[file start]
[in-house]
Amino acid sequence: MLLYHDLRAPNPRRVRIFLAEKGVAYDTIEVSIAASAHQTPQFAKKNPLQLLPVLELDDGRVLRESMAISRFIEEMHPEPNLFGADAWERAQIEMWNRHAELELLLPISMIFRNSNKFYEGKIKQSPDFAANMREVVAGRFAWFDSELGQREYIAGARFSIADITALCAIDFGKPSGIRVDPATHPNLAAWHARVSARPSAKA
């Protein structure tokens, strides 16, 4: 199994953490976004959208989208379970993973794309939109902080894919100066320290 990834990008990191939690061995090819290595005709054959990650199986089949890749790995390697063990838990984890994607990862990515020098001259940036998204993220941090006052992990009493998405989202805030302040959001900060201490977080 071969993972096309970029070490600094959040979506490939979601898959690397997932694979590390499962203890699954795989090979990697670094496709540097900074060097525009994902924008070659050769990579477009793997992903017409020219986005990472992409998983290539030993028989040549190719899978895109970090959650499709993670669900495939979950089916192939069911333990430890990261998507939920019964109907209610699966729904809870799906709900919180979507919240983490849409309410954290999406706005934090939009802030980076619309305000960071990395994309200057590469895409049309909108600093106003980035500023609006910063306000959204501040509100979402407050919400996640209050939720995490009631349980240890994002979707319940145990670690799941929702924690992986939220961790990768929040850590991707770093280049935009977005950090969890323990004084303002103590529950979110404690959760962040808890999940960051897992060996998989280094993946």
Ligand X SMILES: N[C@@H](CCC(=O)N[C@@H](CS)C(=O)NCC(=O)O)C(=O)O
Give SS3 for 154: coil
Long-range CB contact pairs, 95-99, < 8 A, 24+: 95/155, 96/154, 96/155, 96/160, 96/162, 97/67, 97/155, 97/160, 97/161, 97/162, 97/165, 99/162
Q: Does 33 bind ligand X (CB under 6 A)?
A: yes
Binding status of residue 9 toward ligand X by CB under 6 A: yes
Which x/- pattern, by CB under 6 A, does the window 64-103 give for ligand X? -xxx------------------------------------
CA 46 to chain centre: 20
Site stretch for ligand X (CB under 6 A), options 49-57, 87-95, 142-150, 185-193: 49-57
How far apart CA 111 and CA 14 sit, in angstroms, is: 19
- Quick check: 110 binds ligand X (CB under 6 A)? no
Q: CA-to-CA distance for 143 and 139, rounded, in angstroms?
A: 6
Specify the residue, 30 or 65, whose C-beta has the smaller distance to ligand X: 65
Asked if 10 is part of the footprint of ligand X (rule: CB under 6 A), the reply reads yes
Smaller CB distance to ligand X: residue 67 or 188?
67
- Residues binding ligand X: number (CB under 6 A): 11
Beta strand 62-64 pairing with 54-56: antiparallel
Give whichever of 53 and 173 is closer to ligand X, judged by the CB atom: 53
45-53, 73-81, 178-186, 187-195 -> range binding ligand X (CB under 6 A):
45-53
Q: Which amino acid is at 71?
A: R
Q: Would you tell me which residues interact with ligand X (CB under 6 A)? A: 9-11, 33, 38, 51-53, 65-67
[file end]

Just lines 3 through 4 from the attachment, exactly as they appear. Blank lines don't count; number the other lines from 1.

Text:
């Protein structure tokens, strides 16, 4: 199994953490976004959208989208379970993973794309939109902080894919100066320290 990834990008990191939690061995090819290595005709054959990650199986089949890749790995390697063990838990984890994607990862990515020098001259940036998204993220941090006052992990009493998405989202805030302040959001900060201490977080 071969993972096309970029070490600094959040979506490939979601898959690397997932694979590390499962203890699954795989090979990697670094496709540097900074060097525009994902924008070659050769990579477009793997992903017409020219986005990472992409998983290539030993028989040549190719899978895109970090959650499709993670669900495939979950089916192939069911333990430890990261998507939920019964109907209610699966729904809870799906709900919180979507919240983490849409309410954290999406706005934090939009802030980076619309305000960071990395994309200057590469895409049309909108600093106003980035500023609006910063306000959204501040509100979402407050919400996640209050939720995490009631349980240890994002979707319940145990670690799941929702924690992986939220961790990768929040850590991707770093280049935009977005950090969890323990004084303002103590529950979110404690959760962040808890999940960051897992060996998989280094993946």
Ligand X SMILES: N[C@@H](CCC(=O)N[C@@H](CS)C(=O)NCC(=O)O)C(=O)O